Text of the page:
Supreme Court Rejects Overtime Pay for Drug Reps

Supreme court rejects overtime pay for pharmaceutical salespeople on June 18th, 2012. Find out why at

Drug companies don't have to pay their sales representatives for working overtime hours, ruled the Supreme Court on Monday June 18th. 2012. The court said in a 5-4 opinion that pharmaceutical salespeople, like outside salespeople in other industries, are exempt from federal overtime-pay requirements.

The U.S. Supreme court announced on 28 November 2011 that it would review court ruling that says that pharmaceutical sales representatives can't bill their employers for overtime pay. The case affected the pay of ten of thousands of people. A lower court ruled that the sales reps are not entitled to overtime pay because they fall under the outside-salesman exception to overtime pay requirements of the Fair Labor Standards Act (FLSA).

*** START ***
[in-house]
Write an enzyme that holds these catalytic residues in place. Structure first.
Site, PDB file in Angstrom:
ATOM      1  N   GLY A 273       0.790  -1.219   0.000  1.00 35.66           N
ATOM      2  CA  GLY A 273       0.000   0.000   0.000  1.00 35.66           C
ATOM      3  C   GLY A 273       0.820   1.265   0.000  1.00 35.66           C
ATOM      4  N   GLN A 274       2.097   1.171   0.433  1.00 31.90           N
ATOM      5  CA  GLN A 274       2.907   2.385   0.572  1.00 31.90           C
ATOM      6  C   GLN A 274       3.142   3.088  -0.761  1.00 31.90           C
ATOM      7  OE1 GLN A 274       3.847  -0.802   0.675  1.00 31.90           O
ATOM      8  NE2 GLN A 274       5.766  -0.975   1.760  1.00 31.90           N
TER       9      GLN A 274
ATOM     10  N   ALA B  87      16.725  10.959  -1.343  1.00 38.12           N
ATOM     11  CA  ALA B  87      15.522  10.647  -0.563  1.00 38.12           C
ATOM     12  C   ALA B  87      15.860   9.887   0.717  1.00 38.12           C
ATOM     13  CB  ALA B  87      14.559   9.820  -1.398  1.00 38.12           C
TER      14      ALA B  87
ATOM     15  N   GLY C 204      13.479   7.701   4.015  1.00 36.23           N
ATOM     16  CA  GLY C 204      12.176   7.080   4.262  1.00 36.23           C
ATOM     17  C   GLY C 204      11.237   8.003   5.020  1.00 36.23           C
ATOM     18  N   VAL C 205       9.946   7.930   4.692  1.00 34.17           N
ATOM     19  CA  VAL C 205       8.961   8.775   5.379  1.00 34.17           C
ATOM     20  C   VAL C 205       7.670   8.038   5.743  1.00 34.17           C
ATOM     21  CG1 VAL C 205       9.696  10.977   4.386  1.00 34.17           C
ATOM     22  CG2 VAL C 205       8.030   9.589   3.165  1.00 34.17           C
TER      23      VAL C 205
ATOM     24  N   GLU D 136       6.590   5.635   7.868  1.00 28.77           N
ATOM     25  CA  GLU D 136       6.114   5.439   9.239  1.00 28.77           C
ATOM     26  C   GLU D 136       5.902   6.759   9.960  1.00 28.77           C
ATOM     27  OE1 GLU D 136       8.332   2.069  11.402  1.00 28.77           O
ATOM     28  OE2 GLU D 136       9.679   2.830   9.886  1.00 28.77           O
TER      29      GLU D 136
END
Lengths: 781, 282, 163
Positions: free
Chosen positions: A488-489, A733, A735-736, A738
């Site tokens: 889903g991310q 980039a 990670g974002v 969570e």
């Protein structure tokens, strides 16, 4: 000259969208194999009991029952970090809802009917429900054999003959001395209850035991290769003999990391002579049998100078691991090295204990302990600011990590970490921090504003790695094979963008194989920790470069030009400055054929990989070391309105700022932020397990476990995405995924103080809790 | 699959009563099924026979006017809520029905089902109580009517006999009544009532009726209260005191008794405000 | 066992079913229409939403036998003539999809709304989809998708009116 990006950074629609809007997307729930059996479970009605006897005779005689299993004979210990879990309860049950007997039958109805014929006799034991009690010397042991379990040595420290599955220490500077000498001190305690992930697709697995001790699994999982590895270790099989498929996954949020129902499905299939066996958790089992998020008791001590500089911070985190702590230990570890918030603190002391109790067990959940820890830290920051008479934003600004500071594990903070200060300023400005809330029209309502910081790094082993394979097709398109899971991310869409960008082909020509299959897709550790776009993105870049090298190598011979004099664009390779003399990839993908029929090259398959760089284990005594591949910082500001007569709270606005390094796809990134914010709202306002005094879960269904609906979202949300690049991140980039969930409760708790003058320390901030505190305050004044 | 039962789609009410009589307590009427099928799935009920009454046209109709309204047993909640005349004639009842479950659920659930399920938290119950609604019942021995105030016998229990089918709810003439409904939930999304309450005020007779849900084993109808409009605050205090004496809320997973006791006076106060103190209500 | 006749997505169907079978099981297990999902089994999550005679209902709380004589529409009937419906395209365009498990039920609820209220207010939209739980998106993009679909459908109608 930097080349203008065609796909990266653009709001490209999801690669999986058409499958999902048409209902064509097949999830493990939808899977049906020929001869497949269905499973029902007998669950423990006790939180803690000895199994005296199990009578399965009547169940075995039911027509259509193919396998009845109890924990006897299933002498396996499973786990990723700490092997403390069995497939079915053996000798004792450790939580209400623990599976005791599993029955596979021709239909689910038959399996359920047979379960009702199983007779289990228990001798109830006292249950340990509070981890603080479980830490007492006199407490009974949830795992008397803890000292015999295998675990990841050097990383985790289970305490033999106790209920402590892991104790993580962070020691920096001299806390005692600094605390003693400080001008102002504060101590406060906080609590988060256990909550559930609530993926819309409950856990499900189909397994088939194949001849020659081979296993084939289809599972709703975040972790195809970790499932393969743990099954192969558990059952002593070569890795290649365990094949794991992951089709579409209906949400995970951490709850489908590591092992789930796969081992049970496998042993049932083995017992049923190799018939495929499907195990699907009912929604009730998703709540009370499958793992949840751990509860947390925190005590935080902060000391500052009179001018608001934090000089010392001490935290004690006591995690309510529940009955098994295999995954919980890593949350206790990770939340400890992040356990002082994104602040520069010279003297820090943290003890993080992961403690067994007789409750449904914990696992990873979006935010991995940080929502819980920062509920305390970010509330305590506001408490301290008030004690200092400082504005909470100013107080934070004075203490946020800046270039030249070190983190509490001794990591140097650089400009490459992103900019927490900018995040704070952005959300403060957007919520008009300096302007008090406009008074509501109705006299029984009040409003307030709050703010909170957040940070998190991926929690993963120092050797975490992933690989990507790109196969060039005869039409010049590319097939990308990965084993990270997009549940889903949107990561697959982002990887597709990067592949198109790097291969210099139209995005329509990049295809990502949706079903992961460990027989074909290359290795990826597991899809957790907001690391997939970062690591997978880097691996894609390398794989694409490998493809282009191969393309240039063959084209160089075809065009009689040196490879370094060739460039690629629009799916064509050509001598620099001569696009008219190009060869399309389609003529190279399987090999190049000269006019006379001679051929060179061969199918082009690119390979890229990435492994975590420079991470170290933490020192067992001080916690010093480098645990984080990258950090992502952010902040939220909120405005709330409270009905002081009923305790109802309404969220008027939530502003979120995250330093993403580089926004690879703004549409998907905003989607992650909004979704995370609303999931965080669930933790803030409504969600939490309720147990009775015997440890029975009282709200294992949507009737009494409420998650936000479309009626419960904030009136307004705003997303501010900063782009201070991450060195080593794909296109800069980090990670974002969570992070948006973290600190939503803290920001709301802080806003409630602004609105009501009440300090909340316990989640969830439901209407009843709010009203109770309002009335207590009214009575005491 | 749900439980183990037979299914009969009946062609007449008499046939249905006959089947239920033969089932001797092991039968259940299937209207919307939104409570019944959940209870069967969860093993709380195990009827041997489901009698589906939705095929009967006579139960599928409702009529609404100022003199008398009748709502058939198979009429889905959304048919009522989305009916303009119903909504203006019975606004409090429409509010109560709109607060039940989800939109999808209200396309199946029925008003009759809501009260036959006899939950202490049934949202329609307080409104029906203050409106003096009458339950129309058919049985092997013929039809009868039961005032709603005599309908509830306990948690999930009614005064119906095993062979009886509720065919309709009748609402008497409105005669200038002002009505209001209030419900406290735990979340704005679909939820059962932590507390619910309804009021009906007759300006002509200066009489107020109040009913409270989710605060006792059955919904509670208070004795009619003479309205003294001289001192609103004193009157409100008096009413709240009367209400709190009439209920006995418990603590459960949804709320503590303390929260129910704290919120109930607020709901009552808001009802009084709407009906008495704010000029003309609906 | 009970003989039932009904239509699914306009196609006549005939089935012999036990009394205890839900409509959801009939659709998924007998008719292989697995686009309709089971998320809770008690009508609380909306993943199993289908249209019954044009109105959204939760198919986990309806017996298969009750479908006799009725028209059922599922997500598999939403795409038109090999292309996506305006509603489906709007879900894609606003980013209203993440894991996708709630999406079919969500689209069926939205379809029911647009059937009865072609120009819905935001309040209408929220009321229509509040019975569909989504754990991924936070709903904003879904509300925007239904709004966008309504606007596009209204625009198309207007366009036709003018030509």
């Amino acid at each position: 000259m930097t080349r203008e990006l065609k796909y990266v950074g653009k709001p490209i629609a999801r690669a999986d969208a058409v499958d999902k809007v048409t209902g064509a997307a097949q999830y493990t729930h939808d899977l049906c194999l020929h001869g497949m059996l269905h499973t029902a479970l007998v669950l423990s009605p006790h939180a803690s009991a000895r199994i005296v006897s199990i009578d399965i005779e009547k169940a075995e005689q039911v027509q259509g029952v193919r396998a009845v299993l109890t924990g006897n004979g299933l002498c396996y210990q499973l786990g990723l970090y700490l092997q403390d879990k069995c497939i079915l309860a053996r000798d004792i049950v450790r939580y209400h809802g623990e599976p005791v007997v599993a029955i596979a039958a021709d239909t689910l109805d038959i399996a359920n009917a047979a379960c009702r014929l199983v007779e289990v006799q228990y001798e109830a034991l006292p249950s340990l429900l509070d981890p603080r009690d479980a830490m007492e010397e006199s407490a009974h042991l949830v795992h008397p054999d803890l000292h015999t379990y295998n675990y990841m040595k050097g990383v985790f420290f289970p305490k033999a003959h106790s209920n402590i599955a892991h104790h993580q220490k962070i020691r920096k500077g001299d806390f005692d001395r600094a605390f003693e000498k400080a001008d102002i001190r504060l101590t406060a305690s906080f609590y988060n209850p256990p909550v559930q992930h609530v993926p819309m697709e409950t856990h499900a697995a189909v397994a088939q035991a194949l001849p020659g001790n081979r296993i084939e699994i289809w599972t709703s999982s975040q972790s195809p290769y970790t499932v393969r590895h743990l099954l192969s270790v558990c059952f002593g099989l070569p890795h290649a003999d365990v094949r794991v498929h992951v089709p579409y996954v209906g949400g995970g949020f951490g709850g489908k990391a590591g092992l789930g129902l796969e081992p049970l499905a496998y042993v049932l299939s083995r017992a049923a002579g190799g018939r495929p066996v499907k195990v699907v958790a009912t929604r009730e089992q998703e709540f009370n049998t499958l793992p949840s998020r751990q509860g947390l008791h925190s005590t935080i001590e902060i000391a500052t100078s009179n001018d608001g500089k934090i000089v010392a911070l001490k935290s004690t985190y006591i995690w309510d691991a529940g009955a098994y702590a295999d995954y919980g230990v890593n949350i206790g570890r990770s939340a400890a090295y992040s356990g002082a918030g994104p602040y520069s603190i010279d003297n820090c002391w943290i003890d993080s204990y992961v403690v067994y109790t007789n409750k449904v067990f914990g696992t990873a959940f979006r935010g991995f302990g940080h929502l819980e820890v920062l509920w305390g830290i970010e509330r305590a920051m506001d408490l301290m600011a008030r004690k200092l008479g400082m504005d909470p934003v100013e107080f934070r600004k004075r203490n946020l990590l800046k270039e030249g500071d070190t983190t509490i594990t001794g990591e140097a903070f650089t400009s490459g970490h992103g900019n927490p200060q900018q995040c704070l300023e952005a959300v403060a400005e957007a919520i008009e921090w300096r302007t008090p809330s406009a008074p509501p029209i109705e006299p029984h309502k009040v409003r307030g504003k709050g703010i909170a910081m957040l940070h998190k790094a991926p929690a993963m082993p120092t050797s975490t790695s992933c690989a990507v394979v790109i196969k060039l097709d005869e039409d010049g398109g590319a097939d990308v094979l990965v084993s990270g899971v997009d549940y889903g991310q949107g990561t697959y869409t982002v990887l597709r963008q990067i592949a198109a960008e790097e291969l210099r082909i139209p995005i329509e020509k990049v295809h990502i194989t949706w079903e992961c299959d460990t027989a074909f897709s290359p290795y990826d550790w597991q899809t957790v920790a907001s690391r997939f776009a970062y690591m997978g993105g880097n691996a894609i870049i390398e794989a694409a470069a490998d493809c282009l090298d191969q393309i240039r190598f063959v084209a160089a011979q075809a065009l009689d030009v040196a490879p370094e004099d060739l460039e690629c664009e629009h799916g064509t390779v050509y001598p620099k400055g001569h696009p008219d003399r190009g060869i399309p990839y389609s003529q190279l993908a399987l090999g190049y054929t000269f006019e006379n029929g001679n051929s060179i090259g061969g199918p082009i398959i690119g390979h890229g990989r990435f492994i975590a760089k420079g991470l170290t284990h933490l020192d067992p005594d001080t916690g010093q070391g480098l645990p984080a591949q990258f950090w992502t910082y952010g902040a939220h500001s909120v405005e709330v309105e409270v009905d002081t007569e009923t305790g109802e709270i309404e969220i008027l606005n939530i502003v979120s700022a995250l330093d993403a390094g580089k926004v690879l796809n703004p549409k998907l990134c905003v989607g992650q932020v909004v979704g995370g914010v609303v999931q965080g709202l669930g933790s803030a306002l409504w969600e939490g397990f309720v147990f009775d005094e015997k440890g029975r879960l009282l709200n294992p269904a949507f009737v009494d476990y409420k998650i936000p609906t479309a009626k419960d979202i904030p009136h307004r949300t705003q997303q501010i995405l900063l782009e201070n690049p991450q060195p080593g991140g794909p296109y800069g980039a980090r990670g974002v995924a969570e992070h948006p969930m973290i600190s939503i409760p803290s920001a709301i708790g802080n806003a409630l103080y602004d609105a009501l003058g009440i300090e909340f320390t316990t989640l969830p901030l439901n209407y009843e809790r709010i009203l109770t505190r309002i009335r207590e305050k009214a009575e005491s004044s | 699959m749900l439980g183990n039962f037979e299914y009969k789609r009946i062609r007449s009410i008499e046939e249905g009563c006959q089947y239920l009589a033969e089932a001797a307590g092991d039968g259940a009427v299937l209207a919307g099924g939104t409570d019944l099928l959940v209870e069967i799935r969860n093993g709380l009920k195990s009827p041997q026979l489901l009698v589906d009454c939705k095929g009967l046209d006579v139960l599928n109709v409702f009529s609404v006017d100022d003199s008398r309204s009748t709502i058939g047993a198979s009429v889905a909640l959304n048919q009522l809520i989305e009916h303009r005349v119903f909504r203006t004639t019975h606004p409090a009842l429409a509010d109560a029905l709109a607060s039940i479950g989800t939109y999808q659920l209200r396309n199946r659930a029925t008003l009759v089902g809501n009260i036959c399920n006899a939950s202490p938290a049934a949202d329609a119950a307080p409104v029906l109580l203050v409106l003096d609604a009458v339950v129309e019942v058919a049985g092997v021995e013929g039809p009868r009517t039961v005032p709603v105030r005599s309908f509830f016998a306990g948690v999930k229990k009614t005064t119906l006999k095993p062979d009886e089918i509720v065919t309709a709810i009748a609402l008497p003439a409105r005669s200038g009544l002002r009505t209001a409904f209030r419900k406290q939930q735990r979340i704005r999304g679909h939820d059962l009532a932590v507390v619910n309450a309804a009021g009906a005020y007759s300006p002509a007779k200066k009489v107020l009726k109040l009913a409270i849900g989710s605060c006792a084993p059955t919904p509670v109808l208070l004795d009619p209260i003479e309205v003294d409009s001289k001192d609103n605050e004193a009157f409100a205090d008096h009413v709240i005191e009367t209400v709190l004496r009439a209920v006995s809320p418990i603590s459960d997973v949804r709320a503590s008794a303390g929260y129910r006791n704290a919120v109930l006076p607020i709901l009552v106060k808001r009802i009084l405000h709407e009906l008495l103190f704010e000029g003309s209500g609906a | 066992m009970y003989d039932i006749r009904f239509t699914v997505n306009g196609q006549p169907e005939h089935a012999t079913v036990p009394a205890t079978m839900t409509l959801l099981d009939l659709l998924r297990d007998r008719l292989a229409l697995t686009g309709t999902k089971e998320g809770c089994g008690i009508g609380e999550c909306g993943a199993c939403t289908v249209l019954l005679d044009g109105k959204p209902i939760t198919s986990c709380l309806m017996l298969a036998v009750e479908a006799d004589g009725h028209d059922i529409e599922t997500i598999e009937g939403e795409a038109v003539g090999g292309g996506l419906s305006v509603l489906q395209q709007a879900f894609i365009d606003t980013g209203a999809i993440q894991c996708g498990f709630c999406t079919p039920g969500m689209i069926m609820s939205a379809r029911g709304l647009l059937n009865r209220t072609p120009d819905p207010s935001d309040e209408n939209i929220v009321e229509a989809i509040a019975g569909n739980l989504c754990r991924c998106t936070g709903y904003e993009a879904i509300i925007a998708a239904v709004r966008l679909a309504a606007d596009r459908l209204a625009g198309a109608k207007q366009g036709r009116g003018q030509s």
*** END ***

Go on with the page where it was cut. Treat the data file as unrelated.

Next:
The case was brought by two former sales reps of GlaxoSmithKline (GSK) who are seeking premium overtime pay on behalf of a nationwide class of U.S. sales representatives employed by the London based drug company. In their petition the plaintiffs argued that pharmaceutical-sales reps promote products, rather than sell them, and therefore are not salespeople and should be covered by the FLSA.

The Supreme Court dismissed the argument as "quite unpersuasive" saying drug representatives effectively function as salespeople "in the unique regulatory environment within which pharmaceutical companies must operate." In general the representatives encourage doctors to prescribe a medicine and the actual purchase takes place at a pharmacy or elsewhere.

The case is Christopher v. SmithKline Beecham, 11-204. The decision is expected by the end of June.

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